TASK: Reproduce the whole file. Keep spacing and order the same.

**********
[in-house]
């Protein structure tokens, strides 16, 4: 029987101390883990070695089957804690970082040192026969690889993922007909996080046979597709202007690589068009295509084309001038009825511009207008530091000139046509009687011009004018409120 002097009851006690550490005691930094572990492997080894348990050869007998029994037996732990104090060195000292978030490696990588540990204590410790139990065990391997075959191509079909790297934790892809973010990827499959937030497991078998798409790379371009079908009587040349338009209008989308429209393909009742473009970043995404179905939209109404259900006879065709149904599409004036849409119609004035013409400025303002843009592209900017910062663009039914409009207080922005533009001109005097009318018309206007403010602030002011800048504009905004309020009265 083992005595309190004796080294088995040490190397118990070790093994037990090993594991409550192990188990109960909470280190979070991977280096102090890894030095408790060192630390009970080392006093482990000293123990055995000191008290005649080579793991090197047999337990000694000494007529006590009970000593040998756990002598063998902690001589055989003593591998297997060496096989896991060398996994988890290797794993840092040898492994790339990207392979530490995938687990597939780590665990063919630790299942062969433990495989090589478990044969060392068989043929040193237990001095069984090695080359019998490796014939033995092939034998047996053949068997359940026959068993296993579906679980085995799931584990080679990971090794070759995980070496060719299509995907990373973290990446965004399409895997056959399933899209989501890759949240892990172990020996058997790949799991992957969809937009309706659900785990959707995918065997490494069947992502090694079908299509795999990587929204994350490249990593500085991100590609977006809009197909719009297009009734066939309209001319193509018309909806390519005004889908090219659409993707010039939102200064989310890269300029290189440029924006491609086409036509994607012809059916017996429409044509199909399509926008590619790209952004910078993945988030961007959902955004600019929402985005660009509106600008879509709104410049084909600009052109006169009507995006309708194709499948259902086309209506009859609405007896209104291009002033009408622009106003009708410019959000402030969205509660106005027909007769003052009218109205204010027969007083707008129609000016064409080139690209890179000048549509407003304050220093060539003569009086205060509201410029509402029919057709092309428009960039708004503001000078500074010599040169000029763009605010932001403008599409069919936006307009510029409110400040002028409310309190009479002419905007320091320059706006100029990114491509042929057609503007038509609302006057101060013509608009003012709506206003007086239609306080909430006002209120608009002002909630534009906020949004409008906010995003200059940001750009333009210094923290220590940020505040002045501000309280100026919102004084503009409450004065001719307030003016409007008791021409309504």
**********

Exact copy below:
[in-house]
């Protein structure tokens, strides 16, 4: 029987101390883990070695089957804690970082040192026969690889993922007909996080046979597709202007690589068009295509084309001038009825511009207008530091000139046509009687011009004018409120 002097009851006690550490005691930094572990492997080894348990050869007998029994037996732990104090060195000292978030490696990588540990204590410790139990065990391997075959191509079909790297934790892809973010990827499959937030497991078998798409790379371009079908009587040349338009209008989308429209393909009742473009970043995404179905939209109404259900006879065709149904599409004036849409119609004035013409400025303002843009592209900017910062663009039914409009207080922005533009001109005097009318018309206007403010602030002011800048504009905004309020009265 083992005595309190004796080294088995040490190397118990070790093994037990090993594991409550192990188990109960909470280190979070991977280096102090890894030095408790060192630390009970080392006093482990000293123990055995000191008290005649080579793991090197047999337990000694000494007529006590009970000593040998756990002598063998902690001589055989003593591998297997060496096989896991060398996994988890290797794993840092040898492994790339990207392979530490995938687990597939780590665990063919630790299942062969433990495989090589478990044969060392068989043929040193237990001095069984090695080359019998490796014939033995092939034998047996053949068997359940026959068993296993579906679980085995799931584990080679990971090794070759995980070496060719299509995907990373973290990446965004399409895997056959399933899209989501890759949240892990172990020996058997790949799991992957969809937009309706659900785990959707995918065997490494069947992502090694079908299509795999990587929204994350490249990593500085991100590609977006809009197909719009297009009734066939309209001319193509018309909806390519005004889908090219659409993707010039939102200064989310890269300029290189440029924006491609086409036509994607012809059916017996429409044509199909399509926008590619790209952004910078993945988030961007959902955004600019929402985005660009509106600008879509709104410049084909600009052109006169009507995006309708194709499948259902086309209506009859609405007896209104291009002033009408622009106003009708410019959000402030969205509660106005027909007769003052009218109205204010027969007083707008129609000016064409080139690209890179000048549509407003304050220093060539003569009086205060509201410029509402029919057709092309428009960039708004503001000078500074010599040169000029763009605010932001403008599409069919936006307009510029409110400040002028409310309190009479002419905007320091320059706006100029990114491509042929057609503007038509609302006057101060013509608009003012709506206003007086239609306080909430006002209120608009002002909630534009906020949004409008906010995003200059940001750009333009210094923290220590940020505040002045501000309280100026919102004084503009409450004065001719307030003016409007008791021409309504």